• Thus the Franklin Cardiovascular Health Program has served the region continuously for 29+ years. The high blood pressure program was implemented in 1974; cholesterol was added in 1986, smoking in 1988, and Center for Heart Health in 1998.
  • The mortality impact of this integrated community program has been reported in the American Journal of Preventive Medicine (Record, N.B.; et al. American Journal of Preventive Medicine 19(1):30-38, 2000) and Journal of the American College of Cardiology 40:579-651, 2002).
driving forces to develop a state stroke system
Driving Forces to Develop a State Stroke System
  • Hawaii stroke death rate is relatively high
      • State
      • County
  • Projected to increase
  • Costly
  • Geographic Disparities
  • Opportunities for Improvement
collaborate to address measurement challenges
Collaborate to Address Measurement Challenges
  • Stroke is heterogeneous
  • Incidence is difficult to measure because of frequent under-detection via hospital discharge data
  • Risk factors are interrelated & influenced by age adjustment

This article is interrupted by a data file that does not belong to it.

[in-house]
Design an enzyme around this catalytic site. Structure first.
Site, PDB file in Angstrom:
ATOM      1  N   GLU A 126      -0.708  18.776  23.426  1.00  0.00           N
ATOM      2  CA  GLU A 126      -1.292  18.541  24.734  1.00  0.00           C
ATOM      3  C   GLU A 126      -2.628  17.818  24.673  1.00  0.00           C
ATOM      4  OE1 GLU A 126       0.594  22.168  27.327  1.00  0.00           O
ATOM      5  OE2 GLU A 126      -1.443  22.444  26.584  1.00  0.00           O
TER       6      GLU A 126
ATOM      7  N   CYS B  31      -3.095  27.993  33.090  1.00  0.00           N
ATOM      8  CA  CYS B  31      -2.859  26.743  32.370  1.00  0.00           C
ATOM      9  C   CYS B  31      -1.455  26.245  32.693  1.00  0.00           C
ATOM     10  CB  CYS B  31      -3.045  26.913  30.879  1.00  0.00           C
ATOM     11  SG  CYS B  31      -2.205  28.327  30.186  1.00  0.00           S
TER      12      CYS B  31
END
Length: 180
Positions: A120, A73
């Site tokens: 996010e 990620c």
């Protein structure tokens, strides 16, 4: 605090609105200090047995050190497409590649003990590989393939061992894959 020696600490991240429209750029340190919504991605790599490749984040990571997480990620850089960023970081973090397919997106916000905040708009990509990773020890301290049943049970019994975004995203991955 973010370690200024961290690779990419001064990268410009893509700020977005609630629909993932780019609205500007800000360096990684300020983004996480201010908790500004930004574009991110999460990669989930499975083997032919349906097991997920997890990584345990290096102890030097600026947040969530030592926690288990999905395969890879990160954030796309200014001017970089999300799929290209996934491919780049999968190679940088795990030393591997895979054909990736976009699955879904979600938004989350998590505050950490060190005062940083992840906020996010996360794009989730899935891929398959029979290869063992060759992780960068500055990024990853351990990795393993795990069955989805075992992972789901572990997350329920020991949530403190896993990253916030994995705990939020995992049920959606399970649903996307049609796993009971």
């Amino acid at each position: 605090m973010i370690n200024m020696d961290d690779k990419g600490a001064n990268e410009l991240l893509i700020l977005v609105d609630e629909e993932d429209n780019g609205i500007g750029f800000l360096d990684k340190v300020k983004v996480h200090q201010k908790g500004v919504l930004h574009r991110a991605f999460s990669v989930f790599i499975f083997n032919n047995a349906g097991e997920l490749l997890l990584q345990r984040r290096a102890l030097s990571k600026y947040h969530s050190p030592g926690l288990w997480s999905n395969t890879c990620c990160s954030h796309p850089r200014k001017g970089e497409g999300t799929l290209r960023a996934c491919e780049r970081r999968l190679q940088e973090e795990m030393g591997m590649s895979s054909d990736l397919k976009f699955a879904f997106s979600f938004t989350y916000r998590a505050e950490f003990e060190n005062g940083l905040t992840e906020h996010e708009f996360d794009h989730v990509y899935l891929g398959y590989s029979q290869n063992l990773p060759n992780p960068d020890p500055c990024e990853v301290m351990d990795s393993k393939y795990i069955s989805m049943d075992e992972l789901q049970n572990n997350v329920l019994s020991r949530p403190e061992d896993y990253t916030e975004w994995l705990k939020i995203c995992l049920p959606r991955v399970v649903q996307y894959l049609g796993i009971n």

• Active primary care ratio not currently measured
what would help1
What would help?
  • Develop a State Strategic plan and

State-wide Stoke Systems of Care

    • Start with Assessment
    • Target Primary & Secondary Prevention
  • Dual approach
    • Medical Model
      • Use CQI Tools
      • Focus on Hypertension
    • Population Health model
      • Address underlying issues:

Access to primary care, Socioeconomic &

Environmental barriers to lifestyle changes

acknowledgements
Acknowledgements:

Bakken Foundation

NHOP Consultant Andy Ten Have M.D.,MPH

OHSM: Alvin Onaka, Brian Horuich, Tina Savail

Ann Pobutsky

Hawaii Outcomes Institute

HHIC

National Stroke Association

HHS: Larry Fields MD

NHOP Staff: Makani Stevens, Lehua Kaae

Presentation at www.nhop

Contact info Sharon Vitousek 808 887-1945, vitouske@nhop.org